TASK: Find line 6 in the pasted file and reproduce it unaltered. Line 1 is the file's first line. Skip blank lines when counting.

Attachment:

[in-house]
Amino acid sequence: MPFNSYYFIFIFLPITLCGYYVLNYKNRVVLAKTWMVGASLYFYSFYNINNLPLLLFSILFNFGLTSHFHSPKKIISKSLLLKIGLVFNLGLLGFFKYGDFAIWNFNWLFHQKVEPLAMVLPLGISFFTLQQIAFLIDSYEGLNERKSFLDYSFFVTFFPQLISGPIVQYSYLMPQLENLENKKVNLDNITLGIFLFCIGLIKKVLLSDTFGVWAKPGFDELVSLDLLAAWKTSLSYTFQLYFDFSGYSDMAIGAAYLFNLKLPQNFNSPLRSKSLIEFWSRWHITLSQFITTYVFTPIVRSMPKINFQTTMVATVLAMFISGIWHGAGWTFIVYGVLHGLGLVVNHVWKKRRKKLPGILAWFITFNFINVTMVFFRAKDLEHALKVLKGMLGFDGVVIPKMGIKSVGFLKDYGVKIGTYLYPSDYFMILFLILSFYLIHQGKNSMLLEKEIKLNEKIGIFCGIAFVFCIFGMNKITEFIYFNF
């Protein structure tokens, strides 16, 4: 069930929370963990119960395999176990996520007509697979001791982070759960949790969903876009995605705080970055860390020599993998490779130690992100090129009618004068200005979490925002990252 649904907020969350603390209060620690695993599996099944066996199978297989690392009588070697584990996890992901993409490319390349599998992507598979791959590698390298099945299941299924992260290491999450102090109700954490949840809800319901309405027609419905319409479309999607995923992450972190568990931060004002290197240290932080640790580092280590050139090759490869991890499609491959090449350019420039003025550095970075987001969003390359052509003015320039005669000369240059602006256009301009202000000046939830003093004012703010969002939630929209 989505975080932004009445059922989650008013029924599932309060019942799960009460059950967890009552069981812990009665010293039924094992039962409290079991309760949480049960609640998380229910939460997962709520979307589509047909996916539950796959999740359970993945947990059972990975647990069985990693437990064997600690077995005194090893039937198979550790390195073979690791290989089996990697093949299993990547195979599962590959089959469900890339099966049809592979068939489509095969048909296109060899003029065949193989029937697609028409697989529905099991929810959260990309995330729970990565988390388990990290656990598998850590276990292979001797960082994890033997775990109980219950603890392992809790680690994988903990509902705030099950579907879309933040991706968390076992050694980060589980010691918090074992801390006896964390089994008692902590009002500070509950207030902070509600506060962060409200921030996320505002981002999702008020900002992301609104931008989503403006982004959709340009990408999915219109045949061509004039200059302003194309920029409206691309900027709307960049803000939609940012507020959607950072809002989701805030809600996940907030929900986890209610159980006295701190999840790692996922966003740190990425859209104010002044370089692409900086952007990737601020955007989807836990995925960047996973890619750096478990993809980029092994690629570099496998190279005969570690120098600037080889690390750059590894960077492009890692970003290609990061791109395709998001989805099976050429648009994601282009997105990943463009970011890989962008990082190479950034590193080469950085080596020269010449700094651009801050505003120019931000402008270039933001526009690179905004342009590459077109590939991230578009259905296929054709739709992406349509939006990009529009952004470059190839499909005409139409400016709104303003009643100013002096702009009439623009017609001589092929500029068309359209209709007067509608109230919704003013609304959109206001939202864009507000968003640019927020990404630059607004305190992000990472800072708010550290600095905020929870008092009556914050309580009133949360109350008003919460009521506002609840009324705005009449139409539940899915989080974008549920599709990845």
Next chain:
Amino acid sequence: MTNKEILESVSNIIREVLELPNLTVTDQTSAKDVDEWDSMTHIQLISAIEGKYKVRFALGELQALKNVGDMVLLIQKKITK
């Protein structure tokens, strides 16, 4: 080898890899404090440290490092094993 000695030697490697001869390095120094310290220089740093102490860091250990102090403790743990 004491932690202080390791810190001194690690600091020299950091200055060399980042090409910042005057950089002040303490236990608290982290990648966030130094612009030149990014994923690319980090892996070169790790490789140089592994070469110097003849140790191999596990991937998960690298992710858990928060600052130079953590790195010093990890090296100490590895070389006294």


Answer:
């Protein structure tokens, strides 16, 4: 080898890899404090440290490092094993 000695030697490697001869390095120094310290220089740093102490860091250990102090403790743990 004491932690202080390791810190001194690690600091020299950091200055060399980042090409910042005057950089002040303490236990608290982290990648966030130094612009030149990014994923690319980090892996070169790790490789140089592994070469110097003849140790191999596990991937998960690298992710858990928060600052130079953590790195010093990890090296100490590895070389006294």